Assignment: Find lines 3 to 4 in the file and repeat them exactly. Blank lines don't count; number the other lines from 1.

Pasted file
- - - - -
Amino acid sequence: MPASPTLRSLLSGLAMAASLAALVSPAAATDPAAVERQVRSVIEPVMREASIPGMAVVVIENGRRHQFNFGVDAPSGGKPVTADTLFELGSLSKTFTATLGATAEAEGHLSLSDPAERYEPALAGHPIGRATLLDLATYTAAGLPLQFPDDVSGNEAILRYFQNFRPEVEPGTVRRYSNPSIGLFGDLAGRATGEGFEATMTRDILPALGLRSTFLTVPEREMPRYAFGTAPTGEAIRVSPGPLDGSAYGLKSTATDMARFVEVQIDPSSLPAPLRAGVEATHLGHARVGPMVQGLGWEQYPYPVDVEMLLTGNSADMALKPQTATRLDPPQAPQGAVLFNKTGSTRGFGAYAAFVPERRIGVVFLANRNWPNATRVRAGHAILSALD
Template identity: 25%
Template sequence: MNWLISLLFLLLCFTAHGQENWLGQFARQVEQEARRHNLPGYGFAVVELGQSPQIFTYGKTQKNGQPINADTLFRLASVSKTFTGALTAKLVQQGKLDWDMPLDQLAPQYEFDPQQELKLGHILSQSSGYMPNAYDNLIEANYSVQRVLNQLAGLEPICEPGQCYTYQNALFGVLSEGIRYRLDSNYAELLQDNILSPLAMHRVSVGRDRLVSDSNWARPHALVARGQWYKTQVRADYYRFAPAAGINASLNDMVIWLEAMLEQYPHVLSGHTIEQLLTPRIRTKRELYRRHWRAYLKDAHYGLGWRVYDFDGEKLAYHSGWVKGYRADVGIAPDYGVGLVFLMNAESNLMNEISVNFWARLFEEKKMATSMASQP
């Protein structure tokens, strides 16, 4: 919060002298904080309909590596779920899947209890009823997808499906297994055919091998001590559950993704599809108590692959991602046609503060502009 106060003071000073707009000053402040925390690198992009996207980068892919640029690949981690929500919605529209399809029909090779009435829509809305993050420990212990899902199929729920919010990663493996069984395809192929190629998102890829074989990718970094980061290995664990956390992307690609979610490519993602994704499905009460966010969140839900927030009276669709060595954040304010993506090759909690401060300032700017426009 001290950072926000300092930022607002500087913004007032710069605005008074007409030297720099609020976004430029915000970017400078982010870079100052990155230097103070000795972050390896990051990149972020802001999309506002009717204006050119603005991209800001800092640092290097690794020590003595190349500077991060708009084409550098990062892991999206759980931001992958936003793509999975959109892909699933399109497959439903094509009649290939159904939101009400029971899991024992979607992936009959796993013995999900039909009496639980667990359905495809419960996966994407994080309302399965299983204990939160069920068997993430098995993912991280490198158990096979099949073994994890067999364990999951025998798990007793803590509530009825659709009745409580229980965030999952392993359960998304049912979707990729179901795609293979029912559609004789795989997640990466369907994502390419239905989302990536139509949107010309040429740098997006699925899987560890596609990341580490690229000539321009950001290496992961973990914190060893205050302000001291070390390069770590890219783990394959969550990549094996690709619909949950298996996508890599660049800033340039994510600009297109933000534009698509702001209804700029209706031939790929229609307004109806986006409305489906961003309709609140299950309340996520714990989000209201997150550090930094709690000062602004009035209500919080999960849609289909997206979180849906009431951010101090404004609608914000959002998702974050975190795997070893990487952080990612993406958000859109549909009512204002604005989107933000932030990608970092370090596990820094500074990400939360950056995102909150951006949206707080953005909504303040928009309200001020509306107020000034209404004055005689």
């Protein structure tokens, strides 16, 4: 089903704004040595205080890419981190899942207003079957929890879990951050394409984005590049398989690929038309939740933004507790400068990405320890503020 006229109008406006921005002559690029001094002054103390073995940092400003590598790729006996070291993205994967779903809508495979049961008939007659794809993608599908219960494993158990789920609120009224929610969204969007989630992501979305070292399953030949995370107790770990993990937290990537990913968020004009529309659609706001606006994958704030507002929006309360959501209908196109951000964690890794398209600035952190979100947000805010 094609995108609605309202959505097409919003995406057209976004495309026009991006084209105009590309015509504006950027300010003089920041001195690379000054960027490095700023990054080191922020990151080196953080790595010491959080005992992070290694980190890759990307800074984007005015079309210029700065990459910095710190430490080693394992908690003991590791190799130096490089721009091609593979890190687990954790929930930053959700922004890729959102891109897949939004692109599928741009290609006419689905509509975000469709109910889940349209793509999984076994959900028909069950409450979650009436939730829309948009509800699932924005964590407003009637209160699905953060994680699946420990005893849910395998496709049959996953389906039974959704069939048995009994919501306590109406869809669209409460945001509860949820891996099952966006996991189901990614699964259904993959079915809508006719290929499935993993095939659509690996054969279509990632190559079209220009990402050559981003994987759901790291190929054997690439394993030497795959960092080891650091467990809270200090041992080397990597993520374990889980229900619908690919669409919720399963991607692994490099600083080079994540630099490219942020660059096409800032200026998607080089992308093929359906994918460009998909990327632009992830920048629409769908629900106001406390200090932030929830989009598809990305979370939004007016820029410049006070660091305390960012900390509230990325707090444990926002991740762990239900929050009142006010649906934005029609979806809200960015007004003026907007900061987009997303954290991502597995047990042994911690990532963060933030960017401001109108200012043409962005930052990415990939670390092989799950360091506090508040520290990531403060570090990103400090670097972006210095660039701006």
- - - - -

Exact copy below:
Template sequence: MNWLISLLFLLLCFTAHGQENWLGQFARQVEQEARRHNLPGYGFAVVELGQSPQIFTYGKTQKNGQPINADTLFRLASVSKTFTGALTAKLVQQGKLDWDMPLDQLAPQYEFDPQQELKLGHILSQSSGYMPNAYDNLIEANYSVQRVLNQLAGLEPICEPGQCYTYQNALFGVLSEGIRYRLDSNYAELLQDNILSPLAMHRVSVGRDRLVSDSNWARPHALVARGQWYKTQVRADYYRFAPAAGINASLNDMVIWLEAMLEQYPHVLSGHTIEQLLTPRIRTKRELYRRHWRAYLKDAHYGLGWRVYDFDGEKLAYHSGWVKGYRADVGIAPDYGVGLVFLMNAESNLMNEISVNFWARLFEEKKMATSMASQP
């Protein structure tokens, strides 16, 4: 919060002298904080309909590596779920899947209890009823997808499906297994055919091998001590559950993704599809108590692959991602046609503060502009 106060003071000073707009000053402040925390690198992009996207980068892919640029690949981690929500919605529209399809029909090779009435829509809305993050420990212990899902199929729920919010990663493996069984395809192929190629998102890829074989990718970094980061290995664990956390992307690609979610490519993602994704499905009460966010969140839900927030009276669709060595954040304010993506090759909690401060300032700017426009 001290950072926000300092930022607002500087913004007032710069605005008074007409030297720099609020976004430029915000970017400078982010870079100052990155230097103070000795972050390896990051990149972020802001999309506002009717204006050119603005991209800001800092640092290097690794020590003595190349500077991060708009084409550098990062892991999206759980931001992958936003793509999975959109892909699933399109497959439903094509009649290939159904939101009400029971899991024992979607992936009959796993013995999900039909009496639980667990359905495809419960996966994407994080309302399965299983204990939160069920068997993430098995993912991280490198158990096979099949073994994890067999364990999951025998798990007793803590509530009825659709009745409580229980965030999952392993359960998304049912979707990729179901795609293979029912559609004789795989997640990466369907994502390419239905989302990536139509949107010309040429740098997006699925899987560890596609990341580490690229000539321009950001290496992961973990914190060893205050302000001291070390390069770590890219783990394959969550990549094996690709619909949950298996996508890599660049800033340039994510600009297109933000534009698509702001209804700029209706031939790929229609307004109806986006409305489906961003309709609140299950309340996520714990989000209201997150550090930094709690000062602004009035209500919080999960849609289909997206979180849906009431951010101090404004609608914000959002998702974050975190795997070893990487952080990612993406958000859109549909009512204002604005989107933000932030990608970092370090596990820094500074990400939360950056995102909150951006949206707080953005909504303040928009309200001020509306107020000034209404004055005689």